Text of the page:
Integrated Chronic Disease Management

What is Integrated Chronic Disease Management?

Integrated chronic disease management (ICDM) is a responsive, person-centred, effective system of support that aims to improve health and wellbeing outcomes and the quality of life for people with ongoing or lifelong conditions. The focus of work is at the individual level. It involves services working with each other and with those with the lived experience of the condition to ensure coordination, consistency and continuing care over time and through the different stages of a person’s condition. ICDM aims to re-orient the service system from re-active to proactive.

Service delivery and health promotion (primary and secondary) integrated approaches aim to:

  • improve service access, quality and the person’s experience of the service system
  • focus on systems and organisational change related to complex service delivery issues.

ICDM is a subset of service coordination which enables organisations to remain independent of each other, while cooperating to give consumers a seamless and integrated response. This includes local approaches to foster integration between primary health care services and other agencies, supporting practice change that will improve communication, referral and care planning. PCPs support agencies by developing partnerships, articulating roles and responsibilities, and developing care pathways.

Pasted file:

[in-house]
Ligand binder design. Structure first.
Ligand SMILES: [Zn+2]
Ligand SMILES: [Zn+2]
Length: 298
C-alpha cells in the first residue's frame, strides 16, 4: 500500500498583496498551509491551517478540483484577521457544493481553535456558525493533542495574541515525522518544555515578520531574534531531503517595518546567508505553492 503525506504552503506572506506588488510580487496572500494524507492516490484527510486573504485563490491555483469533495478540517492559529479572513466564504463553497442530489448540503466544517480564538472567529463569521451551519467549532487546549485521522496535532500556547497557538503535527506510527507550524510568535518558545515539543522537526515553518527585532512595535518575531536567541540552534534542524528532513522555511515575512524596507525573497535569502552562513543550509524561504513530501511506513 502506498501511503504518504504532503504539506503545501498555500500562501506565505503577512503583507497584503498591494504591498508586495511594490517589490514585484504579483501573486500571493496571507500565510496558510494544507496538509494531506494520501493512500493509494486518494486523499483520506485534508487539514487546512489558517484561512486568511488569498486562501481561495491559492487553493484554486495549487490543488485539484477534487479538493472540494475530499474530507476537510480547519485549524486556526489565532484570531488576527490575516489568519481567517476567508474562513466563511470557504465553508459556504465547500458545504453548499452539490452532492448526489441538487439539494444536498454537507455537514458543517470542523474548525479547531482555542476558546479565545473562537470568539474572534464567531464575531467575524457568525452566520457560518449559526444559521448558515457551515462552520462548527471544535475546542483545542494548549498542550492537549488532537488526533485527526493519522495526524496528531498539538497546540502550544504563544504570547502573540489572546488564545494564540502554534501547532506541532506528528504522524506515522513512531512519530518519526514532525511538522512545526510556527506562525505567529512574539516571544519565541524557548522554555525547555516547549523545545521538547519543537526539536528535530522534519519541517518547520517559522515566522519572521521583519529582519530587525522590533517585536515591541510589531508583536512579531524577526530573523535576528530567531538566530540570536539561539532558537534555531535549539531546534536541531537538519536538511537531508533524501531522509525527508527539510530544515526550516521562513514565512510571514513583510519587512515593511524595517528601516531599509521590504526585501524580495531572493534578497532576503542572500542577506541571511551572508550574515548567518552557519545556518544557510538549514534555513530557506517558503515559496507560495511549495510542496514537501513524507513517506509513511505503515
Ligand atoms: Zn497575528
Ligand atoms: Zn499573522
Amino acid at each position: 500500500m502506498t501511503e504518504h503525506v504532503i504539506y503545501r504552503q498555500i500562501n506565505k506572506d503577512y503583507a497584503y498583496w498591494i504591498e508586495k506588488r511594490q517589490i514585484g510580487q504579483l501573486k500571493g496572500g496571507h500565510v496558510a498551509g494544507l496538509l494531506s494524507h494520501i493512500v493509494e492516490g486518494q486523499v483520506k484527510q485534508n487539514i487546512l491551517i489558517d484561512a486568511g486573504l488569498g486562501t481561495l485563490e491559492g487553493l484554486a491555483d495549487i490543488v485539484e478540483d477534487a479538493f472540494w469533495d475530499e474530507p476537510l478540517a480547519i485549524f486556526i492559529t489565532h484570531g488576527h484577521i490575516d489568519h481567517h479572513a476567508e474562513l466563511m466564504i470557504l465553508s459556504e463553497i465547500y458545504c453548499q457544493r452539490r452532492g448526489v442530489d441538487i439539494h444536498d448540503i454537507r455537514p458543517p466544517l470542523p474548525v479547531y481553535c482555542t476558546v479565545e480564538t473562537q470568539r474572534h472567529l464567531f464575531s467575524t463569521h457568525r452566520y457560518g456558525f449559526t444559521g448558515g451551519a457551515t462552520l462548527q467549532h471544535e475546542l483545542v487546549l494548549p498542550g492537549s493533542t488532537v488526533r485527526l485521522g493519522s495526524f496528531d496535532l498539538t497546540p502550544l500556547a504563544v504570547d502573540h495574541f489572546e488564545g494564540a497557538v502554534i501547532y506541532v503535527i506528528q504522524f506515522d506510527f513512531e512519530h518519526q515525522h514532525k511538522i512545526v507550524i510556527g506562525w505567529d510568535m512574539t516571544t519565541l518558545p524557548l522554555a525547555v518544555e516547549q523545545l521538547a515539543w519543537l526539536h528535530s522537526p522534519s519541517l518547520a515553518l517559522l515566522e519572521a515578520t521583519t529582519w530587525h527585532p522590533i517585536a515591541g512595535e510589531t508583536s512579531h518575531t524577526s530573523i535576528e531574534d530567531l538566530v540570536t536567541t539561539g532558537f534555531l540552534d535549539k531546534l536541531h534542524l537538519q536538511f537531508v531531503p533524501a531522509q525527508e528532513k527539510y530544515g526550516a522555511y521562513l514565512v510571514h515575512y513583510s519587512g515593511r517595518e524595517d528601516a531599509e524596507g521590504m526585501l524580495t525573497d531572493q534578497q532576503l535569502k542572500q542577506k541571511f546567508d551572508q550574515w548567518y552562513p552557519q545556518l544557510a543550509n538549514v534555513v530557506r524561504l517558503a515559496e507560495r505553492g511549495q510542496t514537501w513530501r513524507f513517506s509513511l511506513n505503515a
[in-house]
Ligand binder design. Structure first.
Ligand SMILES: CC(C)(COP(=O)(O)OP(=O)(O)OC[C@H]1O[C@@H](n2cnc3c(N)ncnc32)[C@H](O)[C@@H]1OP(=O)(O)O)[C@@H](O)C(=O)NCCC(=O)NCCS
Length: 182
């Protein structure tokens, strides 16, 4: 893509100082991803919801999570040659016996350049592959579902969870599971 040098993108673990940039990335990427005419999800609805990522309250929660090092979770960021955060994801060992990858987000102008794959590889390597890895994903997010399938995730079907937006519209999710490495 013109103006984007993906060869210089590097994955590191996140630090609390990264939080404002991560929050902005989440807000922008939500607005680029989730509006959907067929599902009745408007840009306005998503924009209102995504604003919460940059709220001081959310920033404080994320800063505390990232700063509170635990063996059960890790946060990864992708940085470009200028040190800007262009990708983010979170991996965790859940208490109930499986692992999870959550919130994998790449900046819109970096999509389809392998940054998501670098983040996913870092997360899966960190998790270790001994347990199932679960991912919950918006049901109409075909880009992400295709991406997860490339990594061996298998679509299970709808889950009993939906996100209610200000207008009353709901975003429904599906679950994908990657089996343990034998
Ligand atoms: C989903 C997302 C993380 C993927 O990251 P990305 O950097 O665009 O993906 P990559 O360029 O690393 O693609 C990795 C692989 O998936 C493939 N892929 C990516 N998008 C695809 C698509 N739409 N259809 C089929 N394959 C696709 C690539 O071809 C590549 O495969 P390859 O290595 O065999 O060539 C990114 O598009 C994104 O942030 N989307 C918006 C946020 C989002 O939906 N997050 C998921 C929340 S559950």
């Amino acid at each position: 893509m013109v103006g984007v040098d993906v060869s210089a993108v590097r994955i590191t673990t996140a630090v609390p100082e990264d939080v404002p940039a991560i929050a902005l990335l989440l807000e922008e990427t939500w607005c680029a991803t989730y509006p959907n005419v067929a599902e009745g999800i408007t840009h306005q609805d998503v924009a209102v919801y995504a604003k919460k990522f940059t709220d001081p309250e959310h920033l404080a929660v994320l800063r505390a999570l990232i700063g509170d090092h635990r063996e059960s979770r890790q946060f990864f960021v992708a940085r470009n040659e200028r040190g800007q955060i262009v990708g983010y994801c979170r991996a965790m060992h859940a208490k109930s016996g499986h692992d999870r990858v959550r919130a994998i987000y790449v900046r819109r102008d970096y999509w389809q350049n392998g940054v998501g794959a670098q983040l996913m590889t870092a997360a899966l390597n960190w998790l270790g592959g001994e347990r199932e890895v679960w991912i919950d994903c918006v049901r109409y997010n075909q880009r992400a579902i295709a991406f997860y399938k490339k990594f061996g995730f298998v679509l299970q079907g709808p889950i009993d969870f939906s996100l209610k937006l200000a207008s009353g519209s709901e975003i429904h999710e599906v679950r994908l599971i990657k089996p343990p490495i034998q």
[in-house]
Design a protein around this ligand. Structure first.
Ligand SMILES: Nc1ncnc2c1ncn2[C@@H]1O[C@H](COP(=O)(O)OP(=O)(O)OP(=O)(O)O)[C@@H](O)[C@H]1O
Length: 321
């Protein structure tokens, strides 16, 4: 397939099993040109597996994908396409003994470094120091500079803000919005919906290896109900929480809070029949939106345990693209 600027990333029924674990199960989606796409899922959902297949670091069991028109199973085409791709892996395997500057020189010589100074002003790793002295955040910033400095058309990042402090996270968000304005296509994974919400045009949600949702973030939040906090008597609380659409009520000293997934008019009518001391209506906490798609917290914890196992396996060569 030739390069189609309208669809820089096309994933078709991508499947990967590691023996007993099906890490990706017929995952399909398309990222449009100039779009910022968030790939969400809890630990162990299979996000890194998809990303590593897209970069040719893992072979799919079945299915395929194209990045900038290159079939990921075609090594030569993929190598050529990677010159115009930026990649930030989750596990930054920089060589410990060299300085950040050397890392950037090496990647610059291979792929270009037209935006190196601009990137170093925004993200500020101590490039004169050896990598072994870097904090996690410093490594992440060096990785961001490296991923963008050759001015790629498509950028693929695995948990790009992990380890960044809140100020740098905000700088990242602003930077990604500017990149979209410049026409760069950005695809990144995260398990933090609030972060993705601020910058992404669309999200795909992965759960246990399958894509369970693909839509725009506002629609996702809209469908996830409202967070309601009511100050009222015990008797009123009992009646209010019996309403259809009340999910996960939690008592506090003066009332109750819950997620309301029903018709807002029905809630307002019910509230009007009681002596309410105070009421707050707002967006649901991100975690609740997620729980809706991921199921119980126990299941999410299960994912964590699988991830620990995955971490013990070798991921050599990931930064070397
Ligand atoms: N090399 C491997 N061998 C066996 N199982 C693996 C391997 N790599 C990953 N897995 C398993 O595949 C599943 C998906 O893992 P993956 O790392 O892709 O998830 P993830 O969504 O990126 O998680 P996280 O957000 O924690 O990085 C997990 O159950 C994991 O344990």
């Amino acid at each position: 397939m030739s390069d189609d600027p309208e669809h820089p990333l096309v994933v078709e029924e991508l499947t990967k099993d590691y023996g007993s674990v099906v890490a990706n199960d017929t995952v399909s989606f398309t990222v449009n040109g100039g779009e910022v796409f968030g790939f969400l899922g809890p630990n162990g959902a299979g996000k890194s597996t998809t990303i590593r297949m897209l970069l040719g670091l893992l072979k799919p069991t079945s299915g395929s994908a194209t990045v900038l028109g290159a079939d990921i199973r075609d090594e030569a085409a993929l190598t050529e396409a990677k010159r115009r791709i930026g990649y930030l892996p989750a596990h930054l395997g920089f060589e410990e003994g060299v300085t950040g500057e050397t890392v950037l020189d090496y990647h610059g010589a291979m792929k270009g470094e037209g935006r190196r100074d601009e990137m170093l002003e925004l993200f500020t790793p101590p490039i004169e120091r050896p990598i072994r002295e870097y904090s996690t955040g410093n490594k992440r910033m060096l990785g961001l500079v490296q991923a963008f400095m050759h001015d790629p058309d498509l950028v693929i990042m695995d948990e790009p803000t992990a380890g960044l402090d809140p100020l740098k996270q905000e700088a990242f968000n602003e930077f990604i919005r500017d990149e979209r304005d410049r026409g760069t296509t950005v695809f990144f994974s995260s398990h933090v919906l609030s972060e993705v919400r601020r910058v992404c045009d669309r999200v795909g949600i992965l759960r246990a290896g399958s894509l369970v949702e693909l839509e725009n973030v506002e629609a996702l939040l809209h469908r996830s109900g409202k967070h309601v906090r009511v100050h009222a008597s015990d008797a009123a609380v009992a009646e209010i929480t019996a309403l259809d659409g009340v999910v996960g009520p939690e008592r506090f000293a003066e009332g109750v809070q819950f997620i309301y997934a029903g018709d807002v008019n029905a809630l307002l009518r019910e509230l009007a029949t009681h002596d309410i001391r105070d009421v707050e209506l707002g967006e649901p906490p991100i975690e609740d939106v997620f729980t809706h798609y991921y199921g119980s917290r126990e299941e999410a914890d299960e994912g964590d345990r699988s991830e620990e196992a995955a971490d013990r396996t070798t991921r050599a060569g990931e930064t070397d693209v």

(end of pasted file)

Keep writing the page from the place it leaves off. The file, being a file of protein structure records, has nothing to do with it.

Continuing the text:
There are some specific funded programs that support people with chronic or specific lifelong conditions:

ICDM practice principles and practice measures

The Chronic Care (Wagner) Model – Improving Chronic Illness Care is a framework developed by Ed Wagner, McColl Institute, as a system for improving outcomes for people with chronic and complex care needs.

The Chronic Care Model (CCM) identifies six fundamental areas that form a system that encourages high-quality chronic disease management. It is important to focus on all six areas, as well as developing productive interactions between clients, to enable active participation in their wellbeing, and providers, who have the necessary resources and clinical expertise.

Tools to measure improvements in chronic illness care are the Assessment Chronic Illness Care (“ACIC“, Bonomi et al., 2002) and the Patient Assessment of Chronic Illness Care (“PACIC“, The MacColl Institute, 2004) surveys.

The CCM can be applied to a variety of chronic illnesses, health care settings, and target populations.  Mental Health and Dementia are the two priority areas in which CVPCP is applying an integrated approach.

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